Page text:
BA in Computer Science

Students majoring in Computer Science (CS) learn to understand and evaluate the organization, design, and construction of hardware and software systems for computing. Additionally, they attain a level of mathematical ability allowing them to formally abstract and analyze computational processes. They analyze problems that require computation to answer, and design and implement solutions that are efficient and effective.

Requirements

The major in Computer Science requires a total of fifteen 4-credit courses, all completed with a grade of C or higher.

CS students are expected to be comfortable with standard high school mathematics as a well as calculus at a level equivalent to completion of CAS MA 123.

The 15 courses required for the major are divided into four groups: A B, C, and D. Students must take all courses in Group A, at least 2 courses from Group B, at least 2 courses from Group C, and a total of 15 courses from Groups A–D.

Group A: Foundational Courses  

These courses build essential foundations for the study of CS. Students must take all five.

  • CS 111 Introduction to Computer Science I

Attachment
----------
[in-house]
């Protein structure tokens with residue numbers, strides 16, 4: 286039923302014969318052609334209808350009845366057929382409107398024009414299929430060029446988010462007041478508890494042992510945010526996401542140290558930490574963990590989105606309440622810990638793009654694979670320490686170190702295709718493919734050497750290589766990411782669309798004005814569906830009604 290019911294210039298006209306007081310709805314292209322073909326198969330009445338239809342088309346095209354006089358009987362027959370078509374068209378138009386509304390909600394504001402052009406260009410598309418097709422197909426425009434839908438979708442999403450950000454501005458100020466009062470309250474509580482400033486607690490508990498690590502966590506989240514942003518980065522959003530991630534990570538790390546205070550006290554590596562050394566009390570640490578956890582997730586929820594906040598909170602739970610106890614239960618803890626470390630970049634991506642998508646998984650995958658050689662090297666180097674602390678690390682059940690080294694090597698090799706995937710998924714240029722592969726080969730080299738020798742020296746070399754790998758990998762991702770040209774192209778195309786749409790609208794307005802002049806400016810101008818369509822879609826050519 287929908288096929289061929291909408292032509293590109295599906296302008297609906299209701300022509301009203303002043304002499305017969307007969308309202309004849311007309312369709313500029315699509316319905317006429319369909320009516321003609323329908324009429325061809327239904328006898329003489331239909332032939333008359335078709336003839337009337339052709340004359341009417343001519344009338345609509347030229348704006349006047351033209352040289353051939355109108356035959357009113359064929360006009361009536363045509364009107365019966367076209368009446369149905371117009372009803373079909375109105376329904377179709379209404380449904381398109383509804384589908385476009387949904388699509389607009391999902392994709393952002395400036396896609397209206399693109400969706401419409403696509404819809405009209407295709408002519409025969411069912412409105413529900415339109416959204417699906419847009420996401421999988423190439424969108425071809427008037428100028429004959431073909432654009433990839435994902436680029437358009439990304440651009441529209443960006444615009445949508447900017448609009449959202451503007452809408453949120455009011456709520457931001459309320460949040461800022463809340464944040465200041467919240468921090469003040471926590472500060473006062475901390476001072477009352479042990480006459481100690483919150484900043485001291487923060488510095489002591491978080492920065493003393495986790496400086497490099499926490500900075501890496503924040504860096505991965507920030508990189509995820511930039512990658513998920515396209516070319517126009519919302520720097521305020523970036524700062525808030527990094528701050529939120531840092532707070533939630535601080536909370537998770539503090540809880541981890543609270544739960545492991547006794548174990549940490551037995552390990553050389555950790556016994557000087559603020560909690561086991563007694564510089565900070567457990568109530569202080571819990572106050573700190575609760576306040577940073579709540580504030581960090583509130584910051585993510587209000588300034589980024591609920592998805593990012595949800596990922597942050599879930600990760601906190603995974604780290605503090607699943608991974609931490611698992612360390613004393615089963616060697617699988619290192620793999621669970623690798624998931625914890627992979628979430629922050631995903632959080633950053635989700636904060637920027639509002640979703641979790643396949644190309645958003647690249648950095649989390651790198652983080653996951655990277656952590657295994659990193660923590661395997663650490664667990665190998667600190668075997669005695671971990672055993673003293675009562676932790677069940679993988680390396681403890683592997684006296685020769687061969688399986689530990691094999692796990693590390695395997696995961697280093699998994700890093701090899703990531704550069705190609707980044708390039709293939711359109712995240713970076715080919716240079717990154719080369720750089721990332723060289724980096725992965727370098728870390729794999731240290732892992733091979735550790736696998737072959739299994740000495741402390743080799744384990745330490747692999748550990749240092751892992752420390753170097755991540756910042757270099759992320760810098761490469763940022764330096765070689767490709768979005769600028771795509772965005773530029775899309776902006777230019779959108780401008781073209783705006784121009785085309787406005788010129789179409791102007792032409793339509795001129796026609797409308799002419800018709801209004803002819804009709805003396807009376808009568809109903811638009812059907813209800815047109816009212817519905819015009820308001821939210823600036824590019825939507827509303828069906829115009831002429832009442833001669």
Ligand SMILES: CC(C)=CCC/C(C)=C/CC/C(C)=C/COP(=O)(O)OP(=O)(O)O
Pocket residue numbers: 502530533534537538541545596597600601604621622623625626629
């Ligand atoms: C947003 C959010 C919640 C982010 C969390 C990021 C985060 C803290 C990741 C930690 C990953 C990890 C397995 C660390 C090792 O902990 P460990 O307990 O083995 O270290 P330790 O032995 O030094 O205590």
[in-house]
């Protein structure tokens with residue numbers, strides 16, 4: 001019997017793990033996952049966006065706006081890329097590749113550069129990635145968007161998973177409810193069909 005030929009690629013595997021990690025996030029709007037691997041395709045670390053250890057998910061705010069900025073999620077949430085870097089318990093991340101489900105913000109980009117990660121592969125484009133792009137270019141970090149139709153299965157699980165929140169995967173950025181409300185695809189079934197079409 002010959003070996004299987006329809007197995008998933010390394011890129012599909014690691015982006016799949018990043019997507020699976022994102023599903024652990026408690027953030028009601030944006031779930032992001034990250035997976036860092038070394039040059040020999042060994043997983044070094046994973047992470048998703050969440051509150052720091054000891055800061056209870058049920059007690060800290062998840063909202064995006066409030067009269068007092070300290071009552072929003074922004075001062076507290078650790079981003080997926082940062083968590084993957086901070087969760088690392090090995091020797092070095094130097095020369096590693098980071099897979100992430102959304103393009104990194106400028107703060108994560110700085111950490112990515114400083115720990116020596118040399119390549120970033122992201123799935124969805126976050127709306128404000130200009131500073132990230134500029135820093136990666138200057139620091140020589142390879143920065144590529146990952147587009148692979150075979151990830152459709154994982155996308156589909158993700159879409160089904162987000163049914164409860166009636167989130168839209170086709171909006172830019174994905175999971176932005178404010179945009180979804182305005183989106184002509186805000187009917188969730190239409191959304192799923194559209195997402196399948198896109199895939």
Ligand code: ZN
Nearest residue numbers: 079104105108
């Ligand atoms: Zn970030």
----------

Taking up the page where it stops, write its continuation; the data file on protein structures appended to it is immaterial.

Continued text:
• CS 112 Introduction to Computer Science II
  • CS 131 Combinatoric Structures
  • CS 210 Computer Systems
  • CS 330 Introduction to the Analysis of Algorithms

Group B: Formal Tools

These courses provide training in basic algorithms and formal methods. Students must take at least two from this group.

  • CS 132 Geometrical Algorithms
  • CS 235 Algebraic Algorithms
  • CS 237 Probability in Computing

Group C: Central Topics

These courses are more advanced than Groups A and B, and cover broadly important subfields of CS. Students must take at least two from this group.

  • CS 320 Concepts of Programming Languages
  • CS 332 Elements in the Theory of Computation
  • CS 350 Fundamentals of Computing Systems

Group D: Electives

  • All CS courses at the 400- and 500-levels

The list of prerequisites or co-requisites for a CS course may contain a CS course “X” with a non-CS alternative “Y.” In such a case, course “Y” may be counted toward the major instead of course “X.”

In special cases, a student, with consent of the instructor, may petition the Undergraduate Director to count courses other than those specified above. Attention is called to the following: CS courses number 600 and above; 500-level courses in Mathematics & Statistics; and Computer Engineering courses offered by the College of Engineering (ENG).

CAS CS major credit will not be given for Metropolitan College (MET) courses.